Miami-Dade and Heat grant arena naming rights to Kaseya. What’s driving this $117M deal for Kaseya?

By Nancy Dahlberg

Kaseya is getting its name out there, quite literally.

This week, Miami-Dade County and The Miami HEAT entered into a long-term partnership with Kaseya, the Miami-based global provider of unified IT management and security software for managed services providers, for naming rights on the waterfront arena. In the $117 million deal over a 17-year term, Kaseya’s name will not only be on the arena, but the company will receive prominent in-arena signage including on the court, gameday features, digital content, community engagements, and more. Effective immediately, the home of the Miami HEAT will be known as the “Kaseya Center.”

Noting this is the first time an arena sponsor will be a locally based business, Miami-Dade County Mayor Daniella Levine Cava said: “[Kaseya] has demonstrated a real commitment to invest in our economy and our local talent by opening the door to the jobs of the future. This deal will not only allow us to continue investing in critical crime prevention programs, it will also strengthen our brand as a global, diverse and future-ready community.” 

The agreement comes about five months after the Heat and the county started the process to remove the FTX brand from what was briefly called FTX Arena until the cryptocurrency exchange imploded. For the county, the deal brings revenue, including continued funding for its crime prevention programs. What does the deal do for Kaseya? Refresh Miami asked CEO Fred Voccola.

Putting the Kaseya name on the stadium will help the company “attract the best people on this planet and in this community to come work for Kaseya,” Voccola said in an interview.

“We sell software for IT and security management. We’re a very, very good, lucrative, profitable business, but it’s not super sexy,” he continued. “So when we’re out attracting the best in the world, and the best in our community, to come work and stay here in Miami, they’ll recognize that we’re joined with the community. We are committed. We want to be here for a long time.”

Voccola said the deal will also help drive success for Kaseya’s customers — about 50,000 managed service providers that service small businesses. “Our job is to make their lives better. … Not only do we get the best people in the community and in the world to come work here, but the Kaseya brand will instantly become a global brand that’s recognized by the people who own the restaurants, who own the dental practices, that own the architecture firms. The customers of our customers will instantly know the name.”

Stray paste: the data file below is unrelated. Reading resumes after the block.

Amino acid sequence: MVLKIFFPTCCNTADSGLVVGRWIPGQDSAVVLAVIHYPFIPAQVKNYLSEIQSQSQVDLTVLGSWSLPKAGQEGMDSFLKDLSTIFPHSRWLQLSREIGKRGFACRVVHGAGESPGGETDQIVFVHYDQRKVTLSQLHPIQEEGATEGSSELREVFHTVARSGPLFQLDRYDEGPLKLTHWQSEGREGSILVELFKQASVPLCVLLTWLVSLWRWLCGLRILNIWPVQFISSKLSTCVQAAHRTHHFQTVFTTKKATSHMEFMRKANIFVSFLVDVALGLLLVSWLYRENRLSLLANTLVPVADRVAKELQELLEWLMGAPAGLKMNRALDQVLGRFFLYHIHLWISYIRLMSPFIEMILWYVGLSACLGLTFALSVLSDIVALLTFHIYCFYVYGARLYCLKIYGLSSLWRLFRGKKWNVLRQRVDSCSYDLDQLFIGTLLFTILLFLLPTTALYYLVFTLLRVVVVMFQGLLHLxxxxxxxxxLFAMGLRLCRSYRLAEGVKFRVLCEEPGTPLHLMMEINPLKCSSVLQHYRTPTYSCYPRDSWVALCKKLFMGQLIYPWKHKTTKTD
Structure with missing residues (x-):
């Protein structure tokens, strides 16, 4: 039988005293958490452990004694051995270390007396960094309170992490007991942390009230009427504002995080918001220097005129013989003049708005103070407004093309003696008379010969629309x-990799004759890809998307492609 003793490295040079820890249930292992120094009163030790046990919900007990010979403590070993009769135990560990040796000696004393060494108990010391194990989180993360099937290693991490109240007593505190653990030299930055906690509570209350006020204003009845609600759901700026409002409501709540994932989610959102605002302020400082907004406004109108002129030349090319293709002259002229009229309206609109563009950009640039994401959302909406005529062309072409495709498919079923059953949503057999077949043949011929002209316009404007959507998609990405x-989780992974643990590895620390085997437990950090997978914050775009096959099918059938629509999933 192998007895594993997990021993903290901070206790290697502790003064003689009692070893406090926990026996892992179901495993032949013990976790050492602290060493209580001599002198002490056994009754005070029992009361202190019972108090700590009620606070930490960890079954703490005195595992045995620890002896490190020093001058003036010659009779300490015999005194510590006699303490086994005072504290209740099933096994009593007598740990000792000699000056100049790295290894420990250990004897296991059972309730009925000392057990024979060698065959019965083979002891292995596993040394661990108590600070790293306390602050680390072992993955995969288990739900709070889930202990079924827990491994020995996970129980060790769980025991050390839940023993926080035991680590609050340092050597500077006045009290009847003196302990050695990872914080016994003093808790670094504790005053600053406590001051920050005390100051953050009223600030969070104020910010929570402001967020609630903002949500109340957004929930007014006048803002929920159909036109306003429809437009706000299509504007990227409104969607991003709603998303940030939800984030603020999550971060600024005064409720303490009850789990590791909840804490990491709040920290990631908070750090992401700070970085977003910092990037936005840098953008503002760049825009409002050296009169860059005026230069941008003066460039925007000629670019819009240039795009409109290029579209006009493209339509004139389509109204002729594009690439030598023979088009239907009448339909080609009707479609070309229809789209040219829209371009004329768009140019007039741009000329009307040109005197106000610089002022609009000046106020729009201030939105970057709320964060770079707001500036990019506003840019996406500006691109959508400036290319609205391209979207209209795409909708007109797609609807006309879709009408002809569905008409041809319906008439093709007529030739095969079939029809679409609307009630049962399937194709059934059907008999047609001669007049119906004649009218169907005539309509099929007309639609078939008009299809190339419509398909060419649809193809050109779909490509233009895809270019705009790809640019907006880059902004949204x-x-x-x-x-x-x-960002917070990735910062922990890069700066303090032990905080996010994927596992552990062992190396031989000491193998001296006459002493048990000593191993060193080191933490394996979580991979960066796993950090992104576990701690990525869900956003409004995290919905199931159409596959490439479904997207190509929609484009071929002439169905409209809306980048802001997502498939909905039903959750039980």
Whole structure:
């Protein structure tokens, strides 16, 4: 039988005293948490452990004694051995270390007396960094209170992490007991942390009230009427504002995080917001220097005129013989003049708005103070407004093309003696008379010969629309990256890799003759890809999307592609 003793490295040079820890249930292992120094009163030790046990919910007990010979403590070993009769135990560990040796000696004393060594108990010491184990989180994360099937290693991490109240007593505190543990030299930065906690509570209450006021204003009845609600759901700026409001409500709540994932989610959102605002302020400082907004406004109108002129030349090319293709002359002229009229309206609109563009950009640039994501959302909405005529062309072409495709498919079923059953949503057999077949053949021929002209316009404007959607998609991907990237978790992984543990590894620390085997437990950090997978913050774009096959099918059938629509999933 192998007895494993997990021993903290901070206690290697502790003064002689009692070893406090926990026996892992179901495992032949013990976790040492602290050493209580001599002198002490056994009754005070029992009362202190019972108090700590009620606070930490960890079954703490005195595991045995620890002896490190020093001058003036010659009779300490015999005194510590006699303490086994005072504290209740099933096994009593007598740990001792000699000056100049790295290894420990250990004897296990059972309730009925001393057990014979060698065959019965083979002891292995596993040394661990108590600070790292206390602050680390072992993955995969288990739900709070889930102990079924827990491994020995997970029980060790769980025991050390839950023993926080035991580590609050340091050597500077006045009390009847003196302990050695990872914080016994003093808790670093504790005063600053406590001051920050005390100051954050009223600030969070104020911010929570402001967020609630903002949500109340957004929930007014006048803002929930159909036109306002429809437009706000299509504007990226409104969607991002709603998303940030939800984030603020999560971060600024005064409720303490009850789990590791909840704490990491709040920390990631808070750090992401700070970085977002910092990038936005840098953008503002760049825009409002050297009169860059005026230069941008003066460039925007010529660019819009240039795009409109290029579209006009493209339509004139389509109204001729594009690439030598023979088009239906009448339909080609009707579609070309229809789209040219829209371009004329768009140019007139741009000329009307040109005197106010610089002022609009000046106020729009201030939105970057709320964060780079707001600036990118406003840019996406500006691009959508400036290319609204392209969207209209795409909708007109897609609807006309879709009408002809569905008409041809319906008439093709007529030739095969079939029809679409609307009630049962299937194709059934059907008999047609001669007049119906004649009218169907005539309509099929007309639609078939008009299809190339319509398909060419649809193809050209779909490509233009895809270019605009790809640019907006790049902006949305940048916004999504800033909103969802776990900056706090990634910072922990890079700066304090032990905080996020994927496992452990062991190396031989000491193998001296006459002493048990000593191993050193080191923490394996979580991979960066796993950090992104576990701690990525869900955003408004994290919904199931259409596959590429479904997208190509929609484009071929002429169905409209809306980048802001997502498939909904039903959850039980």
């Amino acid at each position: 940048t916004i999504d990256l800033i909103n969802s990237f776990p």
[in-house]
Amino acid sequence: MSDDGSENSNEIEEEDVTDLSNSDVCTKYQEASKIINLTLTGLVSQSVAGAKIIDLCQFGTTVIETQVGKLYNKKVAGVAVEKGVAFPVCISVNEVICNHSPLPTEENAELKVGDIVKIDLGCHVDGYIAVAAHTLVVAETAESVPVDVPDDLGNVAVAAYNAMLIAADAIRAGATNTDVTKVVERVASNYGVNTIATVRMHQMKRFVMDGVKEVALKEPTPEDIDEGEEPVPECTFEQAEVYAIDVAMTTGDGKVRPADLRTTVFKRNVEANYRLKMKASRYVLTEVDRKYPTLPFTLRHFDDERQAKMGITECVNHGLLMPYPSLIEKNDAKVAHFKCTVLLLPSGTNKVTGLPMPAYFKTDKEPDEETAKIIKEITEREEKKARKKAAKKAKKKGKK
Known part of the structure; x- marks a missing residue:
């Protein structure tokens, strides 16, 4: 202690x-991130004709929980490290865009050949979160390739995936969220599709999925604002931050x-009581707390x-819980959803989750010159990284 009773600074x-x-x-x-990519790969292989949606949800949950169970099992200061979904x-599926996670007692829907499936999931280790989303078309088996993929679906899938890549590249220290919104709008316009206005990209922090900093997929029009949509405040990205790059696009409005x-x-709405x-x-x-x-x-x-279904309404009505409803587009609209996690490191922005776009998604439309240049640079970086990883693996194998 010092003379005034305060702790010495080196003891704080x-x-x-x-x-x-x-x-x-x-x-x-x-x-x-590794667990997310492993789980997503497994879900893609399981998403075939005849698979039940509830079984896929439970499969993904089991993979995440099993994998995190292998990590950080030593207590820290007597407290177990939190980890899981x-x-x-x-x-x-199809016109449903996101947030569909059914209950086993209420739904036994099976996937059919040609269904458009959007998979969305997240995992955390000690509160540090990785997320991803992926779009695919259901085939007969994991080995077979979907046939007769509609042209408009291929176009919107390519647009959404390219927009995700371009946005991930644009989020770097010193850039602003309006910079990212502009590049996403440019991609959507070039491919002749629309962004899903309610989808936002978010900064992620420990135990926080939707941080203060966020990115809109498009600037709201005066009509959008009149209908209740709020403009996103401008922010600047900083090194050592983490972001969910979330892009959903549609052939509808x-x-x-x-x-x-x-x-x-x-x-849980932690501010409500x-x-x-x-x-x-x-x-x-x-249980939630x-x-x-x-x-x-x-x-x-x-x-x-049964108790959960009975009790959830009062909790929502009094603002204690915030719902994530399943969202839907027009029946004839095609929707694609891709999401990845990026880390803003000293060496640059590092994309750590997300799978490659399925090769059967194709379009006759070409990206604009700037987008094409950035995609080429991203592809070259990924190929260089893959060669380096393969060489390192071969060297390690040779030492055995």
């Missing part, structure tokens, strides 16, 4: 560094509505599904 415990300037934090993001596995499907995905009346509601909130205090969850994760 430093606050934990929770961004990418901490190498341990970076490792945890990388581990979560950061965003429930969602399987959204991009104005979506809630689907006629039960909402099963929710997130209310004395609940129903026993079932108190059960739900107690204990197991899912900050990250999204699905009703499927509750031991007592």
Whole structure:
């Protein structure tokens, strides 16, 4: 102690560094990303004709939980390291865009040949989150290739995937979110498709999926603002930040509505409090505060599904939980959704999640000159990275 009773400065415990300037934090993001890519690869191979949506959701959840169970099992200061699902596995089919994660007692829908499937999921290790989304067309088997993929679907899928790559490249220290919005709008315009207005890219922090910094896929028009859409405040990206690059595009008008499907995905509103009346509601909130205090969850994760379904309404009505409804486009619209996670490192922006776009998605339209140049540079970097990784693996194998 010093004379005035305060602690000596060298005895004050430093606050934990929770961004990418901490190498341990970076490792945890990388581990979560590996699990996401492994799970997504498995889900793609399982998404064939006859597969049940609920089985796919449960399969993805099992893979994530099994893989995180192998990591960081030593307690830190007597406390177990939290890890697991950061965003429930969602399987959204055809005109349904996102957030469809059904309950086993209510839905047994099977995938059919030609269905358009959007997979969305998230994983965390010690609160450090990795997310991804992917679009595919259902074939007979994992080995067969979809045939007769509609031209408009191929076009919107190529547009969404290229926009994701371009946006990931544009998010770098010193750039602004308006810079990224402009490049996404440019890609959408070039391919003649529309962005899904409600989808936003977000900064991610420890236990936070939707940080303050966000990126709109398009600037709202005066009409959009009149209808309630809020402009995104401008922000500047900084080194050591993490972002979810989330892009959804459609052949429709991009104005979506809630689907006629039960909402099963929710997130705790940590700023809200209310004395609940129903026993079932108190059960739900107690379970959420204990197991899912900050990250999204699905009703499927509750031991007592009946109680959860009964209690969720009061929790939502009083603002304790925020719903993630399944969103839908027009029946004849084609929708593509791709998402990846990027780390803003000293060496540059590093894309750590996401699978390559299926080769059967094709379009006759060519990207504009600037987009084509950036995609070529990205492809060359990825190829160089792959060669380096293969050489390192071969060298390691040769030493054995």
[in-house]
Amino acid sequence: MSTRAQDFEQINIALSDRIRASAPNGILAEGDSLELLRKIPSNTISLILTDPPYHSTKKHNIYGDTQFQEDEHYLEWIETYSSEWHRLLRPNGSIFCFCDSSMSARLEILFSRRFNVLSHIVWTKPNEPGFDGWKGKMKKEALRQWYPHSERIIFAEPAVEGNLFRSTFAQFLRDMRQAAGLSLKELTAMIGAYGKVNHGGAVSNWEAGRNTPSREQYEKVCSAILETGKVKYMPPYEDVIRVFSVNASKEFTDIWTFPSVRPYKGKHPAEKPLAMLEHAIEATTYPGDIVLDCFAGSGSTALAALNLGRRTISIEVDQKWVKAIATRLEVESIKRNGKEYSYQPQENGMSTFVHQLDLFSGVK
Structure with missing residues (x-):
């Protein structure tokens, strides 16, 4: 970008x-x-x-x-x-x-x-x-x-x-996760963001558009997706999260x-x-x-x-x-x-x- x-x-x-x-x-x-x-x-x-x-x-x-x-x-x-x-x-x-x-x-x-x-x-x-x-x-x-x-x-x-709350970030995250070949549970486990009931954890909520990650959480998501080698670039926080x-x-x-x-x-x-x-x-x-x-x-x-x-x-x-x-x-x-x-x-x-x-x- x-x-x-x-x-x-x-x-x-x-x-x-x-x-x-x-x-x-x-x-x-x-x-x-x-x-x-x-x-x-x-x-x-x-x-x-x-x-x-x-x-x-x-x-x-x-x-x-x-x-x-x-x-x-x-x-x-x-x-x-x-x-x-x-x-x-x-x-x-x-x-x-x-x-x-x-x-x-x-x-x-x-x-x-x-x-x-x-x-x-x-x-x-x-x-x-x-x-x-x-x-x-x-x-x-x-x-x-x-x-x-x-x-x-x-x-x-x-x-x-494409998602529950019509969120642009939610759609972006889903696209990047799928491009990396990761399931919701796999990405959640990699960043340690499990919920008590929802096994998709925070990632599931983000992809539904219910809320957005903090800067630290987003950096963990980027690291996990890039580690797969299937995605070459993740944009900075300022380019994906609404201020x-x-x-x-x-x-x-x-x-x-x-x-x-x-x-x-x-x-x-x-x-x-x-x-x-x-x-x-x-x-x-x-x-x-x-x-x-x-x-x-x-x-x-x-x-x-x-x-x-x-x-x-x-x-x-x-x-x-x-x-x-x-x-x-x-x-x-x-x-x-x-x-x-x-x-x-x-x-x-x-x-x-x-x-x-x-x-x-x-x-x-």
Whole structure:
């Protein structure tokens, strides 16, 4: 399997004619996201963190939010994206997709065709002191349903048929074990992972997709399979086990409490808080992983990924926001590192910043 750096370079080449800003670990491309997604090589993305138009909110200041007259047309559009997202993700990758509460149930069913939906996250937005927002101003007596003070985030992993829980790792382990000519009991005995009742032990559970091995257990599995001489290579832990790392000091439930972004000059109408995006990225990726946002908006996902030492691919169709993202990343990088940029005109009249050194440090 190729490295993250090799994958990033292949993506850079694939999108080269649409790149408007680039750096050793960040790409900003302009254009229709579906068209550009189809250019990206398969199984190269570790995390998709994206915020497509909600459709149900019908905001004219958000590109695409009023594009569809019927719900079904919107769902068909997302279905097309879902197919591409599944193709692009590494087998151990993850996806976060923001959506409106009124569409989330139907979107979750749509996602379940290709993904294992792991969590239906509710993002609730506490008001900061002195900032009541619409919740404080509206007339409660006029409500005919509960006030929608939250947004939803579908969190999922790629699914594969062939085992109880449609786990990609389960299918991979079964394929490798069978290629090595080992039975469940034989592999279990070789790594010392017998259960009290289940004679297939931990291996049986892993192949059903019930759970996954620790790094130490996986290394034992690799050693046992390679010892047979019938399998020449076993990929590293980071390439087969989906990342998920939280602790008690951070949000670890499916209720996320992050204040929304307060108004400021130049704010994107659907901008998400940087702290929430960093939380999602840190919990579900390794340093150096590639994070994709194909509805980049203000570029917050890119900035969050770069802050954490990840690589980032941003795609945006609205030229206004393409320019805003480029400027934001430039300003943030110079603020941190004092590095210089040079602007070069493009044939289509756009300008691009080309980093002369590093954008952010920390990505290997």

Globally, Kaseya has 48,000 customers in more than 25 countries, and employs more than 4,500 people. Last year, it acquired Datto for $6.2 billion. Kaseya has had a small presence in Miami since the early 2000s but when Voccola came aboard as CEO in 2015, he kicked up the growth and in 2018,  Miami became the company’s global headquarters.

Since 2015, Kaseya’s local employment has grown from about 40 people to nearly 1,000. That will continue: Kaseya announced in February that it planned to add 3,400 jobs paying an average of $107,000 in South Florida over the next several years. The company could receive up to $4.56 million in incentives if those hiring goals are met. So far this year, the company has been hiring at a clip of nearly 100 people monthly in the Miami area as Kaseya ramps up local hiring, Voccola said.  

The CEO noted that Kaseya is bringing in two annual conferences a year, including DattoCon taking place at the Intercontinental in October for 3,000+ people. Noting Miami’s recent ascent as a technology hub, he said, “we are so humbled and honored to have the opportunity for our name to be associated with our community for years to come.”

On a personal note, Voccola, a University of Miami alum, said he’s also happy to partner with a winner. ”As Miami Heat fans, we’re spoiled. We’ve won more championships as a percentage of the time we’ve been in the league than anybody other than the Boston Celtics. And anybody who’s been to a Heat game knows if you go to a Miami Heat game, it’s a super badass customer experience,” he said. “We love being associated with that because our business is also all about the customer.”

READ MORE ON REFRESH: 5 questions with Kaseya about expansion plans and what’s ahead

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Follow Nancy Dahlberg on Twitter @ndahlberg and email her at [email protected]

Nancy Dahlberg